The Transit First! coalition of transit, environmental and labor groups says that Montgomery County is moving in the wrong direction by cutting transit service. According to the budget proposal released today, Montgomery will cut $4.8 million of Ride-On service which helps many transit-dependent riders reach commercial centers and Metro stations.
Meanwhile, Montgomery subsidizes parking in Bethesda, Silver Spring, and Wheaton to the tune of $8 million a year by pouring all parking fines into the local parking districts. As a result, those districts charge below-market prices for public parking. The county is using public funds to subsidize driving while cutting bus service. Transit First! argues that the county should instead dedicate that parking revenue to Ride-On.
Using parking district money to fund alternatives to parking is just the sort of policy Donald Shoup advises. Performance parking, where parking costs enough to ensure some empty spaces, is only half of the Shoup solution. The other half is to use the revenue from the higher prices to improve alternatives. Today, Montgomery County is following neither. The garages are so cheap that at busy periods it’s almost impossible to find public parking, while private garages are still very expensive. Despite this, the county keeps pouring money into making sure those lucky enough to find a scarce space don’t even pay the cost of maintaining that garage.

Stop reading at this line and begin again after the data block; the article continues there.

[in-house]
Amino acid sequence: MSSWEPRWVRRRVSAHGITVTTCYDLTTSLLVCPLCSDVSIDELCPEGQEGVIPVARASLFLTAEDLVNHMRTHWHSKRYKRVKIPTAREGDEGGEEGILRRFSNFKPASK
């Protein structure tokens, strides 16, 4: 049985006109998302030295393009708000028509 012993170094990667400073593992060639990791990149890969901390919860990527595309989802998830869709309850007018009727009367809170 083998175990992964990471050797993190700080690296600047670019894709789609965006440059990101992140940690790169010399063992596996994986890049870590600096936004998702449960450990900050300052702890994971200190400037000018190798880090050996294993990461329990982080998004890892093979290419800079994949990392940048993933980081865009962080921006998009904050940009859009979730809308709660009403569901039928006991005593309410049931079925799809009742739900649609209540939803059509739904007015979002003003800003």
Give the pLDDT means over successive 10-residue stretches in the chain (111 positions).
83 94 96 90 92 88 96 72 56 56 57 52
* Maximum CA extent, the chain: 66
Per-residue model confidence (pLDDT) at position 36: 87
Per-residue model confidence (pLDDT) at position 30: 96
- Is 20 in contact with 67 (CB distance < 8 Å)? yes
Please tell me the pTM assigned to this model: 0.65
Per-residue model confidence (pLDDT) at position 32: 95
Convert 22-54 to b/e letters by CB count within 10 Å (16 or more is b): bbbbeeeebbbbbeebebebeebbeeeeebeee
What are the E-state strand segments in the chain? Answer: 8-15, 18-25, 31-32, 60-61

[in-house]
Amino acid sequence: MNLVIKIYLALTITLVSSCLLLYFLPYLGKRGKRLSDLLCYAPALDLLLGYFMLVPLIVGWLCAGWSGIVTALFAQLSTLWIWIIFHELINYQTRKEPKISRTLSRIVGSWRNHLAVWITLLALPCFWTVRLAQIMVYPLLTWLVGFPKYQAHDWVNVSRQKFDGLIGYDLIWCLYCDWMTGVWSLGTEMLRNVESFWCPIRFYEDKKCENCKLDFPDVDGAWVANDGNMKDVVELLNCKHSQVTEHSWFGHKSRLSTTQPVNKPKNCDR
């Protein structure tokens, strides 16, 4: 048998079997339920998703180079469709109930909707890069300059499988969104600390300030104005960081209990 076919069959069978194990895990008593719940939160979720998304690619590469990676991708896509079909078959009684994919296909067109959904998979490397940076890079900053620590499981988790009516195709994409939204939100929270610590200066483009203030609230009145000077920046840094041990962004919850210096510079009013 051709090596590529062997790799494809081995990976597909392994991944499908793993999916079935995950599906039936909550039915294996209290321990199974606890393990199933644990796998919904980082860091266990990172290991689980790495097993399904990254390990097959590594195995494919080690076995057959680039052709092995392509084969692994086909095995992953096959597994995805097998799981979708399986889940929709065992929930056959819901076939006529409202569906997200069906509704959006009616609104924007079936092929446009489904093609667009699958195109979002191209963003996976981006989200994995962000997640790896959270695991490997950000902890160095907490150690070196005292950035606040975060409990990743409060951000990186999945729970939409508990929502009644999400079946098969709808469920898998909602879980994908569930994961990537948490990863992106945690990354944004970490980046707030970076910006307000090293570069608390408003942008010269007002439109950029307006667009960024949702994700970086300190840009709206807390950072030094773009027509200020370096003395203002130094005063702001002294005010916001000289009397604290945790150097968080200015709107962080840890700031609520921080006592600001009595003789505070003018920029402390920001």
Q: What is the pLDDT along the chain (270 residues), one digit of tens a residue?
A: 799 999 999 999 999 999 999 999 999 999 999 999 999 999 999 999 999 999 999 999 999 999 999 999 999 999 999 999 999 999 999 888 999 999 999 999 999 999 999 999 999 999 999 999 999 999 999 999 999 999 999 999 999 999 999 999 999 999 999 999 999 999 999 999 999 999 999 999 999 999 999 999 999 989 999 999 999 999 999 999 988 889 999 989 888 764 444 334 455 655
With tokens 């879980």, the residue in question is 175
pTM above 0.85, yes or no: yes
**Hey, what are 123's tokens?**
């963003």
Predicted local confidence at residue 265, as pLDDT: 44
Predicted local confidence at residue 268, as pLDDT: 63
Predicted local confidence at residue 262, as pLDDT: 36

Planned Ride-On cuts will cause hardships for many riders who depend on the buses to get to work, said Action Committee for Transit president Ben Ross, and would be disruptive to employers as well. The elimination of weekend service on the T2 route to Potomac, for example, would make the bus line useless for retail employees who must work weekends.
Greater Greater Washington is a member of Transit First! (and I am DC vice-chair). Here is the complete press release.